Alcibiades is one of the most famous figures in military history. He was a successful Athenian general who fled to Athens’ enemy Sparta after being charged with sacrilege. He and Socrates had a very "complicated" relationship. This particular dialogue raises questions about the nature of justice and who is worthy to lead.


This dialogue raises questions of justice and who is worthy to lead.

Socrates is teaching Alcibiades justice. Socrates knows that he wants to rule Athens and conquer the world militarily; however, he does not know justice.

What is interesting: Whether the young man had intentions to rule the world or if Socrates brought it out of him. This is a role of mentors pulling out desire inside from someone’s soul and giving them permission to be great.

What is Eros? Is it that he is driven by passion? This word is even on the shield. His shield. This word can also be stated as a yearning for something more. Even with all the lovers that are courting him, because he is so beautiful — and comes from wealth — they are somewhat not good enough for him; yet he tries to get something out of it. These people are trying to impress him but the difference between his yearning and what they are able to offer him is too great.

Socrates shows that there is an insufficiency in his mind or his soul. That he lacks what and how, and his general misunderstanding of justice. Basically, Socrates pulls out of him his desire to rule the world. Socrates tells him that he has a longing, and it is an absence.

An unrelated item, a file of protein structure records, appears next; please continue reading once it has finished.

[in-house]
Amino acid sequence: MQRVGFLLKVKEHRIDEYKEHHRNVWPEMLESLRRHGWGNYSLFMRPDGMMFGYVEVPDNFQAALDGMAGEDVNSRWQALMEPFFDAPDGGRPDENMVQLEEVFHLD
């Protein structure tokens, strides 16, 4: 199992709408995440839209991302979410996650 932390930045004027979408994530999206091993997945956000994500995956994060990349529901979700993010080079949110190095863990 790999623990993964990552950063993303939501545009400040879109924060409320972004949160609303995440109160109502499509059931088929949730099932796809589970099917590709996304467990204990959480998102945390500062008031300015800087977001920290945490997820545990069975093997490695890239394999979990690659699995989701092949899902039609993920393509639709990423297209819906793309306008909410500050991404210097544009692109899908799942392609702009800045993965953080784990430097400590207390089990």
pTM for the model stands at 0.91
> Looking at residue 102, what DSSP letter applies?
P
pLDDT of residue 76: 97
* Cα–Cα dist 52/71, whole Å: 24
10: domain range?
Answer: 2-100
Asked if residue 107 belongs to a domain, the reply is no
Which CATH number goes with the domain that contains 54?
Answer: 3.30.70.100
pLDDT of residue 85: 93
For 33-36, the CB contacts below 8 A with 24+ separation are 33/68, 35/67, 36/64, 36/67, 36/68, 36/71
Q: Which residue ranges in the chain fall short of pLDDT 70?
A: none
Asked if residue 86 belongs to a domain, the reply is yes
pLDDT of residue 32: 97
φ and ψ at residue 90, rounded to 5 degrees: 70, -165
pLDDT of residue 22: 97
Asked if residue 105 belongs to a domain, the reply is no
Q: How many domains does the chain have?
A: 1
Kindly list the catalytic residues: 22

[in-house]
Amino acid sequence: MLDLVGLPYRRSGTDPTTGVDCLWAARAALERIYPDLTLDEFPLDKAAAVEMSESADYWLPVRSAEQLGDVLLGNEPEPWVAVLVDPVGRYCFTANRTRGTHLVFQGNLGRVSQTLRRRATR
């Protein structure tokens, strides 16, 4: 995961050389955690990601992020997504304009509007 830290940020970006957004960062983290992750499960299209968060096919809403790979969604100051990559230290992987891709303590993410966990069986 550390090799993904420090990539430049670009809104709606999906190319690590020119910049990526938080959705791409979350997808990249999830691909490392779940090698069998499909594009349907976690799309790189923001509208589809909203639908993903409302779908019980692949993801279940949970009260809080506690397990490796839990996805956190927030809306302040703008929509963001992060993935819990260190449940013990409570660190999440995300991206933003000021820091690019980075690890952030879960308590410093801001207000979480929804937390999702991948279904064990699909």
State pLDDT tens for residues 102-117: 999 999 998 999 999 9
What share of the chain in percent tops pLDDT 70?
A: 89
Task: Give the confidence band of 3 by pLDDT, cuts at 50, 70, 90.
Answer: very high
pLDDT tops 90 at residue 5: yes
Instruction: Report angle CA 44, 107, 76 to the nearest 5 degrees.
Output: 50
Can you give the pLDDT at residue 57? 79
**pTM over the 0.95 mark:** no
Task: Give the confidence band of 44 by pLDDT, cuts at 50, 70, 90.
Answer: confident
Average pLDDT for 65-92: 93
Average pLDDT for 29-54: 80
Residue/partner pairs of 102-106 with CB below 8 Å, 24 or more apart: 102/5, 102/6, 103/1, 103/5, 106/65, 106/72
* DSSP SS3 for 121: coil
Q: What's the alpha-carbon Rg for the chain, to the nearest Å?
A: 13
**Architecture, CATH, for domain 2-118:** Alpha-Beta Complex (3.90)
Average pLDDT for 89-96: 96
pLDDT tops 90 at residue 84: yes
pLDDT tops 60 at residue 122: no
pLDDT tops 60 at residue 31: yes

They have longings despite what they know. A longing is something in the soul that always propels you to supersede yourself. It is mostly presented as a lack; a yearning for something that you do not have. It is you wanting to have something fulfilling. The sense of moving forward, moving ahead.

Young man needs to gain power politically and or go to war. This is an interesting corollary: "I am pretty good at something’s therefore I should go do this big thing".

This sense of wanting to feel yourself up against the challenge is Eros. A massive blowout vitality. To feel yourself challenged in such a way that things are "on the line". You are facing them and wanting to overcome them. This brings together two notions:

1) That you feel like you’re good at something — for example, I want to join the military to kick-in doors.
2) That you want to feel yourself being in the situation be put above yourself so that you have something to strive towards that is bigger than yourself — to be in more than just the mundane day-to-day life.

He is superior to basically all of our sins. But even when he was showing inferiority to his peers in Persia, he still wants to be superior and to be better than them. He still wants to be the one to be first. This is an example of pushing out word, of longing.

In terms of the military: It may be an instinct that allows this heuristic. "Lead, follow, or get the hell out of the way". If I find myself leading, I lead. I lead until I get up and to the point where someone is better than me. And then I follow. If I cannot do any of those then I should just leave and do something else.

"Will to power" over your fellow man. This is a theme. For example, he is in a chariot and tells the person in his way to move. This is asserting his alpha male.